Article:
When I worked for the Independent, I went “undercover” (not really but it sounds cooler) to audition for the “Real World,” MTV’s lovely display of humanity, and write a little expose article. They were coming through Santa Barbara and we wanted to see what the process was like.

To summarize: Absolutely carazy. I didn’t realize how desperate people were to be on TV, until they start telling you about how they’ve just spent 19 hours on a bus to audition, that they’ve already auditioned for this season in NYC and Chicago, or talking about their self-diagnosed narcolepsy. Or the girl who said Jesus was her best friend and she talked out loud to him, in bed, whenever her boyfriend tried to pressure her into going farther than she wanted.

The guy who went before me in the group interviews introduced himself as someone who identified as 23, divorced, gay, HIV positive, and in the military. (insert crickets chirping, the sound of Rachel’s sweat glands activating, and desperately trying to think of something more interesting to say than “I talk in my sleep?”)

That was close to 7 years ago that I did that, and reality TV has gotten even crazier. I don’t remember any reality shows when I was growing up…we watched sitcoms, cartoons, the same Disney movies over and over again. I have Star Wars memorized from that time. We didn’t spend our nights watching other people live their wrecks of lives. I think we spent more time living our own lives. But maybe that’s romanticizing my childhood.

I watched “The Bachelor” with my roomies last night. When the show first came on, I watched it every week with my college roomies and we felt completely betrayed by Bob’s choice. I swore never to watch it again, and I break that all the time, watch part of a season, am disappointed by the ending, and swear to never watch it again. But Brad sure makes this heart swoon.

Some of the girls seem genuine, some are bat-ish crazy. There are reality shows that are much more of a trainwreck of people’s lives, (Jersey Shore, Real Housewives of Anywhere, Teen Mom, Hoarders, Survivor, Bridalplasty, etc.) that have people competing for things that should come naturally (love) or given access to too much of anything (money, alcohol, and in the case of the Shore, hair gel and tanning beds) and heavily feature meltdowns in bathrooms, the “bleep” button, use of a “blur” feature on boobies more than once a season, betrayal, verbal abuse, etc. Its dirty. And I hate to think what kind of impression of Americans they give to the outside world.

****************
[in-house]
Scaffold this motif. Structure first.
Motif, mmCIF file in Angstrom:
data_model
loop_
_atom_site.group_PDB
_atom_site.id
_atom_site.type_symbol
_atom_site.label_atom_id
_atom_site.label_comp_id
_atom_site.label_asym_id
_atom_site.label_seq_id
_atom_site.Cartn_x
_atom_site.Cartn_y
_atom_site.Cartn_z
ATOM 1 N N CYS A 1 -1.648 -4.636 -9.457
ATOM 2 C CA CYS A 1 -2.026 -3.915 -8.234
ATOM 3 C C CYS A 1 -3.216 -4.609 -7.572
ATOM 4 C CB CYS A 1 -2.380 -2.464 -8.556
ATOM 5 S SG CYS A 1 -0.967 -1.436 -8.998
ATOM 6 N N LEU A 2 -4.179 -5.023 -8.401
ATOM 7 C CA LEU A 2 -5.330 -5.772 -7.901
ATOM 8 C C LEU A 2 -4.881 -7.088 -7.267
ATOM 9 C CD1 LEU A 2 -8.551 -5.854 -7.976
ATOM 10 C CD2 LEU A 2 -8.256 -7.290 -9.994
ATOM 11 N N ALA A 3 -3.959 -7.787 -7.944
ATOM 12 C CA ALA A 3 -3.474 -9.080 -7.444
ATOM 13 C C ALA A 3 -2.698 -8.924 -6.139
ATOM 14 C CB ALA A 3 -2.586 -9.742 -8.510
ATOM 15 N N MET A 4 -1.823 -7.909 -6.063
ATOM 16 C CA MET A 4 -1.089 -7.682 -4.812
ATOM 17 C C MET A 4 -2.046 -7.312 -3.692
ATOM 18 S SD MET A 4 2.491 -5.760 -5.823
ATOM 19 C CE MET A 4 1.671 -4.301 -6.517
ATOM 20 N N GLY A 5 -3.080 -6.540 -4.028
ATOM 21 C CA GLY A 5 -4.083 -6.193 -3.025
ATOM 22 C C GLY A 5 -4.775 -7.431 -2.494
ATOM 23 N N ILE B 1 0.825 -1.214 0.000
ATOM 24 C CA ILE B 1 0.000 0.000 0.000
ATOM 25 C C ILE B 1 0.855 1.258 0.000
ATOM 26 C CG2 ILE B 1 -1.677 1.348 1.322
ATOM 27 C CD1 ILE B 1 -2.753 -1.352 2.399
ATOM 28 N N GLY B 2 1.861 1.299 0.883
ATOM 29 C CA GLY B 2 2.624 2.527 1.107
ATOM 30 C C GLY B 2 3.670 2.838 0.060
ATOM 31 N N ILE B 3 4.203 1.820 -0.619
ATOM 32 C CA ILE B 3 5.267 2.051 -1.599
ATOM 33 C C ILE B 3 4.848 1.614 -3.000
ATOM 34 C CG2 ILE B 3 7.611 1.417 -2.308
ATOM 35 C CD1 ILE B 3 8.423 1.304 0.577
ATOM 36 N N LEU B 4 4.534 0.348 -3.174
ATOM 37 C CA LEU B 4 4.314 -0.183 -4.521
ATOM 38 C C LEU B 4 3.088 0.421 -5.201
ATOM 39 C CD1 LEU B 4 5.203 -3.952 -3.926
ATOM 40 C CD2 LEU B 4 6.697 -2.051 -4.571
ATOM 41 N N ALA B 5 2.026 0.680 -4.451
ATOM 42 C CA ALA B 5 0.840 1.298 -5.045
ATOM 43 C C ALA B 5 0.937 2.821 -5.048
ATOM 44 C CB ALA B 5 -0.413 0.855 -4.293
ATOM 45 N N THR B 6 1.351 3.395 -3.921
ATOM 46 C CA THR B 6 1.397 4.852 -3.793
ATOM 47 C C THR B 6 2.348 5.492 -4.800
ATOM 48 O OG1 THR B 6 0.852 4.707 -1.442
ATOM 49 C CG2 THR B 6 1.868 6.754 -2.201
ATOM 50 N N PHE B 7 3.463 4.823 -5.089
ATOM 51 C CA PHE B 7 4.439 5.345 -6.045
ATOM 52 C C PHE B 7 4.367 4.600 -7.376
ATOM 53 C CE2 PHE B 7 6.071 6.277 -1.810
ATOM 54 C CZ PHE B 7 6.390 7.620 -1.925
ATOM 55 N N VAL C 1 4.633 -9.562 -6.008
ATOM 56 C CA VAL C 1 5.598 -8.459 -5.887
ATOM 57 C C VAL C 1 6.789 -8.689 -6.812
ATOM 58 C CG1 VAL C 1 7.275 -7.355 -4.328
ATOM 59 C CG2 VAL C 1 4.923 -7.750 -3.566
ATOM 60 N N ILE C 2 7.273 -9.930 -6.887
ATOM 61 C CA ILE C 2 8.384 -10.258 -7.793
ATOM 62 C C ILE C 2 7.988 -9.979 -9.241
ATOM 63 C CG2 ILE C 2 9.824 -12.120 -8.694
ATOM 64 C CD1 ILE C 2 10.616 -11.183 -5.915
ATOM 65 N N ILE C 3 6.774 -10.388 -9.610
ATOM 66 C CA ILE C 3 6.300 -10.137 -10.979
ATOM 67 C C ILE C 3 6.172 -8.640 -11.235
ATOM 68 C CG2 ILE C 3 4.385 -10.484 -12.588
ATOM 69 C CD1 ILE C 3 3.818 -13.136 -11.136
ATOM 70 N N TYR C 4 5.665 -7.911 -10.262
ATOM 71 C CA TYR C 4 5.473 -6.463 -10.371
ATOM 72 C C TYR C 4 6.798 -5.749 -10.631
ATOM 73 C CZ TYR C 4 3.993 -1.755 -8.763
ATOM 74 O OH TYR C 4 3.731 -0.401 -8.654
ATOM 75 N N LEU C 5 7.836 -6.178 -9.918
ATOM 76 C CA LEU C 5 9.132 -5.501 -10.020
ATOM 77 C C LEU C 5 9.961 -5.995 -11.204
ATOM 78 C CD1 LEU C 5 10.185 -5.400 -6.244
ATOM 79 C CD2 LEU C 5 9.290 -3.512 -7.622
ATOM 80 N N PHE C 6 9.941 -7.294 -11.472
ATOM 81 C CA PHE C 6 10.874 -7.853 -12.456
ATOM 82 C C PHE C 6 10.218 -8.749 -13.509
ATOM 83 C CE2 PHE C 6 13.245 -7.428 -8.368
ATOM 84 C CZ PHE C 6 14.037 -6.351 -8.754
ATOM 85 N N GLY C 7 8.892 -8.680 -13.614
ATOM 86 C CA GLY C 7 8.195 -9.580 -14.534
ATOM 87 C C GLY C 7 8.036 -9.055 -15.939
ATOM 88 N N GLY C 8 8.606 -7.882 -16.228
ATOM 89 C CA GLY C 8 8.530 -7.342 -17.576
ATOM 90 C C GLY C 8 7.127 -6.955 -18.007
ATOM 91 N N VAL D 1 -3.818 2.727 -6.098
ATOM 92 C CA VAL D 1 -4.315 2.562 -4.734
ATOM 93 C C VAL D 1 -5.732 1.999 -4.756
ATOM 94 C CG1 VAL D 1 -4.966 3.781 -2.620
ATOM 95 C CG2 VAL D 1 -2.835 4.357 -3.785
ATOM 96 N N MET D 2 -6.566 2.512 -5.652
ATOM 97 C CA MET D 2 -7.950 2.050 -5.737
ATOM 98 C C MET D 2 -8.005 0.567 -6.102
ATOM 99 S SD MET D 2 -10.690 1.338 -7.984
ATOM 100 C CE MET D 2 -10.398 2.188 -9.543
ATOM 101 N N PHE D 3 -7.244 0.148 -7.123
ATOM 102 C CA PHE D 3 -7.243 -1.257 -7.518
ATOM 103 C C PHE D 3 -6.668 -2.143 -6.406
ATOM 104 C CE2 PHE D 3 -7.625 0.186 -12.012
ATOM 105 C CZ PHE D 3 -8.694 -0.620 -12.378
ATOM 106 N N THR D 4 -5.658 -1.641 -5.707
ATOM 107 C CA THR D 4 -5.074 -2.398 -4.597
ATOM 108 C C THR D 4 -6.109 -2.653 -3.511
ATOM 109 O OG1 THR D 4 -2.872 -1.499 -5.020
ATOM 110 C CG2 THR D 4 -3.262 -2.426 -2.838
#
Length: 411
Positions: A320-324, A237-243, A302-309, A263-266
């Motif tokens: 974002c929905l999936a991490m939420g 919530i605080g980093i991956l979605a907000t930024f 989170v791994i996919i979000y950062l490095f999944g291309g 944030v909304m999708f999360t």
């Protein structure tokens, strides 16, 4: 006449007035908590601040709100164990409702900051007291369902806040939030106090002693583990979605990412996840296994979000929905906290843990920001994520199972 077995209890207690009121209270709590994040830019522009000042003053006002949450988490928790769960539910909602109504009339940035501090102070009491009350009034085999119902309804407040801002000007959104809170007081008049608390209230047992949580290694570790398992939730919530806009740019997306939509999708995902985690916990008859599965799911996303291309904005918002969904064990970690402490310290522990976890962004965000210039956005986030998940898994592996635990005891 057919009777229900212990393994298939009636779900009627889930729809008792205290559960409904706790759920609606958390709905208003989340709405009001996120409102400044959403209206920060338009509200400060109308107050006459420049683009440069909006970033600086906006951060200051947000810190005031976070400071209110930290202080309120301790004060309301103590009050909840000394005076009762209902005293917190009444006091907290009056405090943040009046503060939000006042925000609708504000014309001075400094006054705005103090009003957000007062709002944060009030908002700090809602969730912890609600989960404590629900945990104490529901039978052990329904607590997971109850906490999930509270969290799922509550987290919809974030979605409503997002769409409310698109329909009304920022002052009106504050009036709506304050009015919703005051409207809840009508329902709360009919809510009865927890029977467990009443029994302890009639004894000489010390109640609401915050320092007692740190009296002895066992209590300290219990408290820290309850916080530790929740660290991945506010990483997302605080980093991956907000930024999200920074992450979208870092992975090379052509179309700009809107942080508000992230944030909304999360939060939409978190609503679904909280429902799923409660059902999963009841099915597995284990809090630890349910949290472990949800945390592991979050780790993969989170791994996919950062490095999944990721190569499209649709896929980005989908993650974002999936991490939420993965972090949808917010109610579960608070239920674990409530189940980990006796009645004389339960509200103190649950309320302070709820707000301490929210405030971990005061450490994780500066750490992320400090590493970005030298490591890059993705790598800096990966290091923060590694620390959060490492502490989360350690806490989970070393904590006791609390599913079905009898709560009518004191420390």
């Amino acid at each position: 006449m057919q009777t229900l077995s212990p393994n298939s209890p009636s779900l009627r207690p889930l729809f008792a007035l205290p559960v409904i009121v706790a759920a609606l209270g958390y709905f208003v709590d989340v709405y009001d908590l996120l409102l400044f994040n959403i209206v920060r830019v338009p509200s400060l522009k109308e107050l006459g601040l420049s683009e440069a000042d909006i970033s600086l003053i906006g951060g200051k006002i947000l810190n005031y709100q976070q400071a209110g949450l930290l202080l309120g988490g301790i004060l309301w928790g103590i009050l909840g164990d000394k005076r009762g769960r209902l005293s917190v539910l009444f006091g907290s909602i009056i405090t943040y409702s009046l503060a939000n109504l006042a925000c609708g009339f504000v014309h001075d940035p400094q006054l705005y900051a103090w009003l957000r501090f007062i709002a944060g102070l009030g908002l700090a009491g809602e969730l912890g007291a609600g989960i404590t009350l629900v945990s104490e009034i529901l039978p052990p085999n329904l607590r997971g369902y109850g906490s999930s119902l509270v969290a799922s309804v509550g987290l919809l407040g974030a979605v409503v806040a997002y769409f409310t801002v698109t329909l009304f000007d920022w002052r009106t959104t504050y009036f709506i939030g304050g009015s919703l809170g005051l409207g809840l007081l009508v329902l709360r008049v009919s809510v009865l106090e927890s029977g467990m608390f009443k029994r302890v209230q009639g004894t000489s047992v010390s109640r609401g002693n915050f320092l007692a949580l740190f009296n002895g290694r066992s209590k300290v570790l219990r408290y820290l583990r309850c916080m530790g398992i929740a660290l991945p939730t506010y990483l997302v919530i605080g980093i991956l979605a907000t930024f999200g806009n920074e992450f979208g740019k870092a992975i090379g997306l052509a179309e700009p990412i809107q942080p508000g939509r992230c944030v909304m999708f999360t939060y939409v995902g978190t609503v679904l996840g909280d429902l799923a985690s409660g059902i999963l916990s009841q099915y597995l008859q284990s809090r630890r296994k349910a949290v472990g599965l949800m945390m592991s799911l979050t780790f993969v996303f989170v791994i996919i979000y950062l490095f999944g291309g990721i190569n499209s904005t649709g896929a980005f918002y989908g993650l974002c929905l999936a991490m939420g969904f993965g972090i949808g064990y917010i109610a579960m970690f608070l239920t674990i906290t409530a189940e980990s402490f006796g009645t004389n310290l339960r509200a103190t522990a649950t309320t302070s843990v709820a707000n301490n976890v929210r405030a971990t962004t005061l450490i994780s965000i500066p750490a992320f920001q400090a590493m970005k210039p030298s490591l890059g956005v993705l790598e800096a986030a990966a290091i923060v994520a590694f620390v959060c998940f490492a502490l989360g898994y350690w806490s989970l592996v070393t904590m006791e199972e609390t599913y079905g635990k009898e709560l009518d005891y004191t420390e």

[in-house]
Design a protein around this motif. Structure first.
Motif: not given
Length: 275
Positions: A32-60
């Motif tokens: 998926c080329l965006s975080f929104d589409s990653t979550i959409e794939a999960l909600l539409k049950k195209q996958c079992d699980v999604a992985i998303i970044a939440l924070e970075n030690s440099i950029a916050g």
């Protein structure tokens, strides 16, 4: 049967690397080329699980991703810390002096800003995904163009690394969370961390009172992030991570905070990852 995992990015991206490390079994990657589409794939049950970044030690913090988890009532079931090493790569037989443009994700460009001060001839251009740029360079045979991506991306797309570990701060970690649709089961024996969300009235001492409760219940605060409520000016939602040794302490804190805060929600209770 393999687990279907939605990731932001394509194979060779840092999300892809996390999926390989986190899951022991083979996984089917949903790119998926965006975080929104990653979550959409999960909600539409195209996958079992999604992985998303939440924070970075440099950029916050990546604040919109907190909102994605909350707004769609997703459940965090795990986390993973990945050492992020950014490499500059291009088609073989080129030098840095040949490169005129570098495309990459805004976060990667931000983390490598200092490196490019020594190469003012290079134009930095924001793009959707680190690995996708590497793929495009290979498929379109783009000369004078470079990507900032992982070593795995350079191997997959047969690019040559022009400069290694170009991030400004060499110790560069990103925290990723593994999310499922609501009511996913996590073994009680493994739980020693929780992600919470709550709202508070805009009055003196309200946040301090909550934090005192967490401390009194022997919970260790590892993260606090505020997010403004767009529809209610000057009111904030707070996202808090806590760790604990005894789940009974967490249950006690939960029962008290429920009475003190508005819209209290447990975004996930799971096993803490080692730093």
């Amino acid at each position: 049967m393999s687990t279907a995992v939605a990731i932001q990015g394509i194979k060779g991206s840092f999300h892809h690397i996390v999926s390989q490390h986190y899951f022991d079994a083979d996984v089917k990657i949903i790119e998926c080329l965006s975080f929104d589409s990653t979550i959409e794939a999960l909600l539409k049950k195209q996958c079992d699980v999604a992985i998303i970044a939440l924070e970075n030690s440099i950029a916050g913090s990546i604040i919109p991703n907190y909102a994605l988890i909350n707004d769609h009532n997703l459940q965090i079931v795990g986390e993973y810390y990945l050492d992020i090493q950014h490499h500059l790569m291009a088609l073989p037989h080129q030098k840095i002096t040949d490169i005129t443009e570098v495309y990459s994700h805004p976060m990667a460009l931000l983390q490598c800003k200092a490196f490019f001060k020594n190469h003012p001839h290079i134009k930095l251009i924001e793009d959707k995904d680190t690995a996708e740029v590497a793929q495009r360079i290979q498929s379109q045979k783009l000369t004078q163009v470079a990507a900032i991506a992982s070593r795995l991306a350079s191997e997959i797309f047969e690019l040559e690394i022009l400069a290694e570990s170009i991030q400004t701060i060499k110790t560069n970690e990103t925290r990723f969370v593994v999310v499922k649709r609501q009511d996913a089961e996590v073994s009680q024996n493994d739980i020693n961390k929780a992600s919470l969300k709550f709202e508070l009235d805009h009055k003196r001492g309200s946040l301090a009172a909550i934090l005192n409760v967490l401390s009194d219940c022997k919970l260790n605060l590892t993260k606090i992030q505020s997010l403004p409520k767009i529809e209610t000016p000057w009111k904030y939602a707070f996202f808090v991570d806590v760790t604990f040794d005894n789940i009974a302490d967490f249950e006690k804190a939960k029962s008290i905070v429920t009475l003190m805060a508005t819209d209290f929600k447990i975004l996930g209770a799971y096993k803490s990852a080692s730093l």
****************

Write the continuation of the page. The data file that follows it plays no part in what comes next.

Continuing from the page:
And yet, if you get started, its so hard to turn away. Its like a car accident. When it comes to reality tv, all of America is rubber-necking. You feel like you  have to keep watching just to find out what could they possibly do next on these shows. At this rate, what will we be watching years from now? What will my kids be watching? I’m just going to send them outside to play with plants and aminals and build forts.

There is nothing real about thinking that we can fall in love with a perfect stranger in a few weeks, going on these crazy dates (that the producers seem to be picking by figuring out what each girl is most afraid of in her life), living in a hot tub with champagne when you’re thirsty. And yet now that seems to be the ideal for women my age…fall in love AND be on tv?! PERFECT! Sign me up!

Why do we watch these shows? I admit sometimes they make me feel better about myself…compared to say, Snooki, or Kate Gosselin, or my favorites, New York or Tila Tequila (poor, poor, downward spirals of humanity) my life is cake, and my mistakes aren’t broadcast for the world to see and comment on (thank you, Jesus). But have we lost the art of a finely crafted sitcom?

Until the next “Friends” comes out…I think I’ll stick with my Dr. Quinn DVDs and Disney movies for the most part. Love you, Joe Lando.

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